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It’s no secret that planning permission can sometimes be a lengthy process. It’s one of the first hurdles most construction projects have to pass and is usually required if you are building something entirely new, making changes to your current building (such as extensions) or changing the use of a building.

Whilst homeowner planning applications are often easier than permitted development if you have multiple extensions – Permitted Development Rights can be exceptionally useful for certain projects. So what exactly are Permitted Development Rights, and what sort of work is allowed under them? 

These issues can get quite complicated quite quickly, so do book a call with us today to see what can be achieved for your property. 

What are permitted development rights?

In August 2020, the UK Government announced updates to the Permitted Development Rights housing scheme. This allowed homeowners in England to improve and extend their properties (within certain, specific guidelines!) without the need to apply for full planning permission.

The Permitted Development Rights (PDR) scheme is designed to make it easier for home improvement plans to be accepted by local authorities. The government has argued that it encourages more renovations and reduces bureaucracy.

In the advent of lockdown measures, unprecedented numbers of homeowners are looking to renovate and make home improvements. So this is certainly a useful scheme! Adapting your building proposals in line with PDR can save you time and money – but only in certain circumstances. 

With this in mind, let’s take a look at planning permission and permitted development rights (including exclusions) in more detail…

Applying for planning permission

In a study by the Homeowners Alliance, at least 25% of homeowners said they had encountered issues with planning permission applications and regarded planning permission as an obstacle to home renovation.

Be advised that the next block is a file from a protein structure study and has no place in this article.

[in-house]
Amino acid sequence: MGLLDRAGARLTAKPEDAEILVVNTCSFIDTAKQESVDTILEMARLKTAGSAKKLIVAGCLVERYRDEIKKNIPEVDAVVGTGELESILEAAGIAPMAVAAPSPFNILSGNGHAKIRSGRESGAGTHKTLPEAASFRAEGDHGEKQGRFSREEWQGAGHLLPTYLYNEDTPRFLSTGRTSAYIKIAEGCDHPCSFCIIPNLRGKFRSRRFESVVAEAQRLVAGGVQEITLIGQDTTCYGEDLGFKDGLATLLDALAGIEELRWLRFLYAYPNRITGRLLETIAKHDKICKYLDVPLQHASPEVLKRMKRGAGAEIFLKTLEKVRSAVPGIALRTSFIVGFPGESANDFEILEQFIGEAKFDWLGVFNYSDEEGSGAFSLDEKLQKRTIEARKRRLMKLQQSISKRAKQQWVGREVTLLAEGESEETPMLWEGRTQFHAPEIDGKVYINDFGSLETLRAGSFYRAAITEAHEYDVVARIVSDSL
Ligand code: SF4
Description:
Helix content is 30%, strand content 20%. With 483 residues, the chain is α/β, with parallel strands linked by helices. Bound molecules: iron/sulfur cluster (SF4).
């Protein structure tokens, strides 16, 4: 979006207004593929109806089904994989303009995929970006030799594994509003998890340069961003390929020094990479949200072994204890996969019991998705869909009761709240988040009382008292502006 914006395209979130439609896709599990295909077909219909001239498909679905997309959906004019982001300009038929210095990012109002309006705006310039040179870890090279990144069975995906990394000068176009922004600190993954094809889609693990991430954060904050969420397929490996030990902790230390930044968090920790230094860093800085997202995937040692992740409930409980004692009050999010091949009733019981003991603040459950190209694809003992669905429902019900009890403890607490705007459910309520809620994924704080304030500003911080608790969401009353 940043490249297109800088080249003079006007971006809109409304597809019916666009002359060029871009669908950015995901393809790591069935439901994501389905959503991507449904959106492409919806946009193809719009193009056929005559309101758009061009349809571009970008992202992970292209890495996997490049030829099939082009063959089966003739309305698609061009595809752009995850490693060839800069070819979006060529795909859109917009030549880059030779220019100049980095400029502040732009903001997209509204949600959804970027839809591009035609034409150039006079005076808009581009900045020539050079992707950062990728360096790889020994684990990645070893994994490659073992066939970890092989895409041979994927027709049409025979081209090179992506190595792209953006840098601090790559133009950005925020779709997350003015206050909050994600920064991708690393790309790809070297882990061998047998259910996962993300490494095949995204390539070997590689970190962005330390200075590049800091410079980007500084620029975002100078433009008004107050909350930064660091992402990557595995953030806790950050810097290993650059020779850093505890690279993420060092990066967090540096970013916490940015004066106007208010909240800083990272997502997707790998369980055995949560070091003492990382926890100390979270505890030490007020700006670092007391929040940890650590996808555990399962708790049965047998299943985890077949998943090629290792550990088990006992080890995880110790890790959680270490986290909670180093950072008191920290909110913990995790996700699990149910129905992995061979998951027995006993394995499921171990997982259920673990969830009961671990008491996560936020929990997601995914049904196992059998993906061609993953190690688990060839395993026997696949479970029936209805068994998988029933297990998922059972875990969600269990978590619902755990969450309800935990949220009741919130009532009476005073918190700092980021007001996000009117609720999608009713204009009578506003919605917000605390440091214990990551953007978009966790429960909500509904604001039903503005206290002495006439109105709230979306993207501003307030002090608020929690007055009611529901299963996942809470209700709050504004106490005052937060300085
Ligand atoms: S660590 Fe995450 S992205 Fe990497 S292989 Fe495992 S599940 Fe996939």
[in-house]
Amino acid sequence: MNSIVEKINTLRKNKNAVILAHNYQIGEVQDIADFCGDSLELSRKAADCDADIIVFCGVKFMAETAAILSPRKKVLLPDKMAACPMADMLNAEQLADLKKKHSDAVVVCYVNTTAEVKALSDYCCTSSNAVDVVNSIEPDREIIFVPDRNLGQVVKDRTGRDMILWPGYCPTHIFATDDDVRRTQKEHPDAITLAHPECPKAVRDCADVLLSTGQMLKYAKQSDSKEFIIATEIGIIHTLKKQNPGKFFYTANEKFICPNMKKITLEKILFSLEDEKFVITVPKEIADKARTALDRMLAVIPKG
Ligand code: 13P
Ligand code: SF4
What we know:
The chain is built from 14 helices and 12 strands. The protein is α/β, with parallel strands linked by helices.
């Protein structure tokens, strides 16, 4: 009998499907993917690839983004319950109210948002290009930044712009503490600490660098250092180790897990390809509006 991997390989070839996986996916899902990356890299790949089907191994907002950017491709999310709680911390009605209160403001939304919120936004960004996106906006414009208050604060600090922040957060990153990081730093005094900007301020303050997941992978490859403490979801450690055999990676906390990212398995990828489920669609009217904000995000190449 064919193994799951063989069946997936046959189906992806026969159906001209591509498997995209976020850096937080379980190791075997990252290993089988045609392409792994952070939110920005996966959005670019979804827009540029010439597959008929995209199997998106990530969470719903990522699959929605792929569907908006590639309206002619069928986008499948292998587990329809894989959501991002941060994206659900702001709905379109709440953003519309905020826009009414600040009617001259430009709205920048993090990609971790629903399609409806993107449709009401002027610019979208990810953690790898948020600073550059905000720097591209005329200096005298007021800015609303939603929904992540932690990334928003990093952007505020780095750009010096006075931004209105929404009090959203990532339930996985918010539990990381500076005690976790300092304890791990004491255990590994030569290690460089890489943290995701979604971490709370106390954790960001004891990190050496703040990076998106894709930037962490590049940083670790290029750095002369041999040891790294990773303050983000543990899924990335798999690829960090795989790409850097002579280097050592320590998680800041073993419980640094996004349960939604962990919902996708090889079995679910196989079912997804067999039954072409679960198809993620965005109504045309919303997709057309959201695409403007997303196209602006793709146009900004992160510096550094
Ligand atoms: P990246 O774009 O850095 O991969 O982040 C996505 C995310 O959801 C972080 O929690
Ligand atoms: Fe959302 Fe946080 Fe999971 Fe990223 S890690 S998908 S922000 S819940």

Indeed, there are several common issues faced by homeowners – but there are also things you can do to mitigate problems such as timescales, costs and refusals. We’ve already written on this subject. So if you’re going down the planning permission route, take a look at our blog on the most common problems for UK planning applications and how to avoid them.

Providing your project plans meet detailed Permitted development requirements (we’ll come onto this in the next section!), you might be able to bypass standard planning permission – and potentially save time and money.

Although the scheme is continually expanding, PDR only covers certain proposals within specific sized renovations and properties…

What’s allowed under Permitted Development Rights?

Since Permitted Development Rights were first introduced in 2015, the scheme has expanded to cover a range of small extensions, loft conversions, garage renovations, basements, porches, as well as internal additions such as solar panel installation, new doors and windows.

While we always recommend you check your specific proposals with planning experts, architects and your local council, here’s a brief guide to what you can expect from the most common PDR guidelines:

Home extensions

  • Extensions cannot be built higher than the highest part of the existing roof.
  • The extension can cover a maximum area of half the land around the original property.
  • Extensions must only be built to the side or rear of the property (rather than forward-facing).
  • The work cannot include cladding to the exterior.
  • The work must not make any alteration to the roof of the existing property.